The 50 people who attended a public stormwater meeting Thursday unequivocally endorsed a regional–not city-wide–approach to the stormwater problem in El Paso County.

The Pikes Peak Regional Stormwater Task Force, the Colorado Springs City Council and the El Paso County Board of Commissioners hosted the meeting to gather citizen feedback on stormwater solutions.

Mayor Steve Bach did not attend.

Colorado Springs City Council President Keith King said the mayor and the council are “starting to come together.

“I think he’ll come around,” King said.

Mayor Bach has spoken about a stormwater solution that involves only the city.

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Residents, engineers, students and professionals Thursday broke up into small groups to discuss the problem and offer opinions and solutions.

Resident Ray Perkins said storm water is a “big problem,” and he suggested a fee or a tax should be started to pay for the solution. Regardless, “they’ll need to sell it to the public.”

“Water doesn’t respect municipal limits,” said Will Landin, a civil engineer. “The community will need to know how future development will pay its own way.”

A developer, Kevin Walker said there needs to be a regional approach and “everyone should play with the same rules.”

Walker called Colorado Springs a “middle-aged city. We haven’t maintained what we have.” Much of the current stormwater infrastructure is 50 years old and crumbling.

Dave Meyer works for Colorado Springs Utilities, but he spoke as a private citizen, he said.

“Acrimony and lack of cooperation between entities is a concern,” Meyer said, advocating a regional solution. He spoke in favor of a dedicated source of funding.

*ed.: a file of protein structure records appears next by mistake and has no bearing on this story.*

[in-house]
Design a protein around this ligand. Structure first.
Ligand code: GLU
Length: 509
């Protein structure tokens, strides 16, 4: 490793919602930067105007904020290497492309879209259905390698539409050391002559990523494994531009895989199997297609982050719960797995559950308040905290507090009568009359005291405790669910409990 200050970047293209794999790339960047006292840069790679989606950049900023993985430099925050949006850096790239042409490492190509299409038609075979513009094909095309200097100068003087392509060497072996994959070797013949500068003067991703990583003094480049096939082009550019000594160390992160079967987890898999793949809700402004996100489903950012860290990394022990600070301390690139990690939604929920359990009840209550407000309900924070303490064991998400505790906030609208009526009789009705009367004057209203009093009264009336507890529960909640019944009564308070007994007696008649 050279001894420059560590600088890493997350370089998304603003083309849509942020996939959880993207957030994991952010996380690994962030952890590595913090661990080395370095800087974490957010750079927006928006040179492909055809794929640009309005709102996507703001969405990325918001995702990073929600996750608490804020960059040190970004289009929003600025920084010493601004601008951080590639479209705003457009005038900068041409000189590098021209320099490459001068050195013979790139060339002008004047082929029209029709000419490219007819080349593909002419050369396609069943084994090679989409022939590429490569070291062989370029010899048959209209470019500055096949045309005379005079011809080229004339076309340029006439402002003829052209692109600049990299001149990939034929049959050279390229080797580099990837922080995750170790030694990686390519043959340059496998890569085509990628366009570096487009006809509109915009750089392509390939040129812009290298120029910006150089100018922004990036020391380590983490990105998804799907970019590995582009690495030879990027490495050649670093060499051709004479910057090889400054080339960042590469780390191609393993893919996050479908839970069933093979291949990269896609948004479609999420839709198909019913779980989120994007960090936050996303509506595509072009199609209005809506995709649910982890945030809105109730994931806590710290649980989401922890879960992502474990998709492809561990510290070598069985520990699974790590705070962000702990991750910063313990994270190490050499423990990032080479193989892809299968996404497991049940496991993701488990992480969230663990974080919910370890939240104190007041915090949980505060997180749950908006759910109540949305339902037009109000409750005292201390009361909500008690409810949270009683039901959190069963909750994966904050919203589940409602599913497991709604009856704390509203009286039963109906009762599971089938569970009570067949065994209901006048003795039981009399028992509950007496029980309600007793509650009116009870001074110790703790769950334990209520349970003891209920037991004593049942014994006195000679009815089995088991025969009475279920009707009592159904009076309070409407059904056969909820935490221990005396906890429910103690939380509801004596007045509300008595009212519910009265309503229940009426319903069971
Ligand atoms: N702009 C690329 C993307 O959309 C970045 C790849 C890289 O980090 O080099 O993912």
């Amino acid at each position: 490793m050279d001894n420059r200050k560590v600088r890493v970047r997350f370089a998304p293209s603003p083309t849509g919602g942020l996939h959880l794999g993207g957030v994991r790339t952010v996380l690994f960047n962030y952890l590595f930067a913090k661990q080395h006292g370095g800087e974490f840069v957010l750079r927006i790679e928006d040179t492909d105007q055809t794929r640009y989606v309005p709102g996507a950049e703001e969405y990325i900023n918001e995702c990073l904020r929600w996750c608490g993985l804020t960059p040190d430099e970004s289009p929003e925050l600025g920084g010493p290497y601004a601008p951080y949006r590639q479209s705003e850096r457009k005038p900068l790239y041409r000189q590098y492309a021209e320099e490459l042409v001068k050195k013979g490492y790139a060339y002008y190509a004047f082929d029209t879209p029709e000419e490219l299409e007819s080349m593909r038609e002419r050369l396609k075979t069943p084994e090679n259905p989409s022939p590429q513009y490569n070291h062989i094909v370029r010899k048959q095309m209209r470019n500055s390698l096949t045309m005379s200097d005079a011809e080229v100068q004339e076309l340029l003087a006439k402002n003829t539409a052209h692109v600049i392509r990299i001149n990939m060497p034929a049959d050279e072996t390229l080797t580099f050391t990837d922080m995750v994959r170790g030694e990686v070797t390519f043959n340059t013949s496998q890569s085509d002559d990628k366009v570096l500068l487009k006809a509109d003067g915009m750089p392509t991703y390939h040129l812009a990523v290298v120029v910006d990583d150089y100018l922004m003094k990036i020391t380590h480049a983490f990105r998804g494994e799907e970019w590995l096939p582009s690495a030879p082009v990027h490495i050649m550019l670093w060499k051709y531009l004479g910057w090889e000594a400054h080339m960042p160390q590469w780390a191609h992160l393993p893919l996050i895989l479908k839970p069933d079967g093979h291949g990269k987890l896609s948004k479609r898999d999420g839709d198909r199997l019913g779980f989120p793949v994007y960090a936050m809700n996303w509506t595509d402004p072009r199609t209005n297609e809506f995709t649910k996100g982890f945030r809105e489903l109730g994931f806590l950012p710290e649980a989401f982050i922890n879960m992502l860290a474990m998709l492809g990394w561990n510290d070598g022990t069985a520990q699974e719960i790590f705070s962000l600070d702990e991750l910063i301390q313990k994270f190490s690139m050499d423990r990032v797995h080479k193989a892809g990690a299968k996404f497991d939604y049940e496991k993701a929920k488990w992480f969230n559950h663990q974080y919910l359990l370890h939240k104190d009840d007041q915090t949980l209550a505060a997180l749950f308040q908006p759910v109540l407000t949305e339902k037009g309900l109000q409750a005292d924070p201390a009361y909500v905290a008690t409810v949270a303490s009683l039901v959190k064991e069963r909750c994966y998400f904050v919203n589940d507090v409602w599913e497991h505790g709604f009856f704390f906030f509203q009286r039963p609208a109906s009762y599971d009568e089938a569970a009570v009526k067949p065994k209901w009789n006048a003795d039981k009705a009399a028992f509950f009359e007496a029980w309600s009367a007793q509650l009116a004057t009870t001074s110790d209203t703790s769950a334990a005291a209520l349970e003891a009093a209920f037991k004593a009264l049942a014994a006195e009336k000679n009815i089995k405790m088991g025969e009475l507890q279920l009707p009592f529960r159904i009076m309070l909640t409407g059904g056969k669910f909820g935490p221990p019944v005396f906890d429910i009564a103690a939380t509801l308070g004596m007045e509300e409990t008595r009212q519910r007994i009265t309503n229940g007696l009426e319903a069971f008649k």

“What is it going to cost if we don’t do anything?” Meyer asked.

Colorado Springs shouldn’t “reinvent the wheel,” to devise a solution, said James Long.

Larry Small, executive director of the Fountain Creek Watershed and Greenway District, said there needs to be a well thought-out master plan, and the solution needs to withstand the TABOR, or Taxpayers Bill of Rights law.

The next two public meetings will be held: Nov. 6, from 6:30-8:30 p.m. at Cheyenne Mountain High School Cafeteria, 1200 Cresta Road, and  Nov. 19, from 6:30-8:30 p.m. at the Leon Young Service Center, 1521 S. Hancock Expressway.

The meetings include a focus-group discussion led by a moderator to ensure accurate and in-depth data from attendees. Representatives of all three city and county groups will be in attendance.


  1. Some interesting and relevant quotes in this article I would think:

    “We are a middle-aged city”. There are times when people speaking out with a realistic observation as did Mr. Walker – – is what it takes to produce real action out of conversation. Middle age is when we all start needing new teeth, knees and hips! And once we get them, life is good! Right now, dealing with storm water is our ‘knees and hips’.

    There is an ‘economic development component’ to addressing this critical need and that is major firms tend to avoid those cities who are not keeping up with infrastructure. Jobs !!

    “Acrimony and lack of cooperation between entities is a concern,”

    Again – people speaking out with realistic observations – this one the need to realize things work better when people work together. The most interesting thing about the first town-hall meeting, with politicians listening instead of talking – – is the degree of cordiality that was present! This is a positive sign giving a real clue as to how best deal with the public on critical issues! Let specialists talk – let people respond – then let politicians craft measures the people indicate they want – – as opposed to what elected officials tell us we need ! People respond when led, not pushed.

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